African transport infrastructure insufficient for continental growth

05 October 2018

Transport Minister Blade Nzimande has said that if Africa wants to capitalise on its fast growth trajectory it needed better transport and logistics as current infrastructure was “insufficient”.

Delivering the keynote address at the 2018 African Ports and Rail Evolution Conference at the Inkosi Albert Luthuli International Convention Centre in Durban on Wednesday, Nzimande said Africa would continue to be one of the fastest growing economic regions in the world, with transport being an important growth enabler. 

“Our regional ports and rail infrastructure developments are not in line with the trade growth in Africa and our deficient infrastructure raises costs of logistics, production and distribution,” said Nzimande.

He said African port depths could not accommodate large vessels such as 4 000 TEU (Twenty-Foot Equivalent Unit) capacity while port congestion led to “longer ship turnaround time and longer cargo dwell time”. This led to a “lack of predictability and reliability in the African ports system”.

“Eleven countries ranked top in the world for holding the largest mineral resources are located in Africa, necessitating infrastructure to develop efficient transport and logistics systems for Africa. We therefore need a combination of infrastructure and software policies to develop efficient transport and logistics players in Africa,” said Nzimande.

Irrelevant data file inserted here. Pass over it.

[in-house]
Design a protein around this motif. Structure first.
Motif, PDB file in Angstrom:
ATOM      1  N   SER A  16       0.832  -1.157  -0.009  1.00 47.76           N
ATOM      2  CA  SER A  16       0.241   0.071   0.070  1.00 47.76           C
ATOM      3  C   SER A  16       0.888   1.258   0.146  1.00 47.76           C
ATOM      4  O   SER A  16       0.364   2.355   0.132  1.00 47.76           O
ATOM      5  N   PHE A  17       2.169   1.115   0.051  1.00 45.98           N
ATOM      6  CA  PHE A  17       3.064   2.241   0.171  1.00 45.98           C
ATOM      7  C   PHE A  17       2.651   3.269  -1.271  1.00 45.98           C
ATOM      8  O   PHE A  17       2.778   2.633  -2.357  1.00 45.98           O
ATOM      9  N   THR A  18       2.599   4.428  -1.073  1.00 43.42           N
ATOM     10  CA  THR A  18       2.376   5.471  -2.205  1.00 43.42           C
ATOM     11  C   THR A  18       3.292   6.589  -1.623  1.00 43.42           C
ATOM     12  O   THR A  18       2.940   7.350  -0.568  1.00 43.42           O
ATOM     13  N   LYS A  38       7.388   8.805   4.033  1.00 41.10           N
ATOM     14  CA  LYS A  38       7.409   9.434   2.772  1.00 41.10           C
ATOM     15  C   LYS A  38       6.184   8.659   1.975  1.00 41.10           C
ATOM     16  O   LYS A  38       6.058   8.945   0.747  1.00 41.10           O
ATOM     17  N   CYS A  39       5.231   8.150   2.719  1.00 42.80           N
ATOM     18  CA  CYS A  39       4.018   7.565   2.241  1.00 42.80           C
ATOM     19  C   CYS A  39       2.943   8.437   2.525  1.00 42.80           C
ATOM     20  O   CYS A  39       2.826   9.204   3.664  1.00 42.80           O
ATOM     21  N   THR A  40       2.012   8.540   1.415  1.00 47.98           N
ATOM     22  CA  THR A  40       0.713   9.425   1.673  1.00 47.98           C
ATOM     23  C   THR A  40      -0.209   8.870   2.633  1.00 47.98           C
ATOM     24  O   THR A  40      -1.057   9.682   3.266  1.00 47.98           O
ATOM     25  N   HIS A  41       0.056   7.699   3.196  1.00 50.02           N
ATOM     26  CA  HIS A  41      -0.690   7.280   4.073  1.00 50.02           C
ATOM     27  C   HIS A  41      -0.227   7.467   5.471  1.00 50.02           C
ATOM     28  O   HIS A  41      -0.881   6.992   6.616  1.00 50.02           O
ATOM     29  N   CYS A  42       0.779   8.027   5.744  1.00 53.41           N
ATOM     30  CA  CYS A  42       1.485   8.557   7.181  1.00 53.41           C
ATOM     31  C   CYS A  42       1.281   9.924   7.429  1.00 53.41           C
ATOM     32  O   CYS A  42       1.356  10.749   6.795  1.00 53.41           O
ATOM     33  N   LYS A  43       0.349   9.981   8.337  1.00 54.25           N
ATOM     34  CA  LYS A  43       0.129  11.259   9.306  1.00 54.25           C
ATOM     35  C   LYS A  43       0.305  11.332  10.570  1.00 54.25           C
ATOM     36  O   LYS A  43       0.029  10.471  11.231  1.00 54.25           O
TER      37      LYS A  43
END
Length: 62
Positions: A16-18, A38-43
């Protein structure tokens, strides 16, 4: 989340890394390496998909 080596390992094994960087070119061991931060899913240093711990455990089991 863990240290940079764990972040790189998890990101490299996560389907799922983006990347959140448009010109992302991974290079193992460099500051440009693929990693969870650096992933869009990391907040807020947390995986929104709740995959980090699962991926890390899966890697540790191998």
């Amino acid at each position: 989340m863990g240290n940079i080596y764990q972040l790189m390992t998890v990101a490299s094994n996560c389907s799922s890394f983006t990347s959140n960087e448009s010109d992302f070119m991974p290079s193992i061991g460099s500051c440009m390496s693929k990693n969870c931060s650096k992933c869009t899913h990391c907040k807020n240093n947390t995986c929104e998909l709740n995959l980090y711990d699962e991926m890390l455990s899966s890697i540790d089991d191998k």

“We need to develop a regional ports plan to define the complementary role of African ports and generate business and volume growth opportunities.” Nzimande said the South African government would provide assistance to other African ports with specialised services such as hydrographic survey capability, spare dredging capacity and infrastructure planning. 

“We will also support key freight corridors to ensure their optimal performance to improve our regional integration.” Nzimande said the Moving South Africa (MSA) freight transport strategy 2020 envisaged a transport system that met customer demands, be it on road, rail, sea or air.

“From a rail perspective, capital should be made available to upgrade the key routes and nodes, which carry the majority of freight volumes to assist densification and to achieve economies of scale,” he said. He said overloaded vehicles caused 60% of road damage, which was a driving factor to move more freight onto the rail network. 

Nzimande said over R56-billion would be spent by the South African government on passenger rail services over the next ten years. He added that a white paper on National Rail Policy would make provision for private sector participation. 

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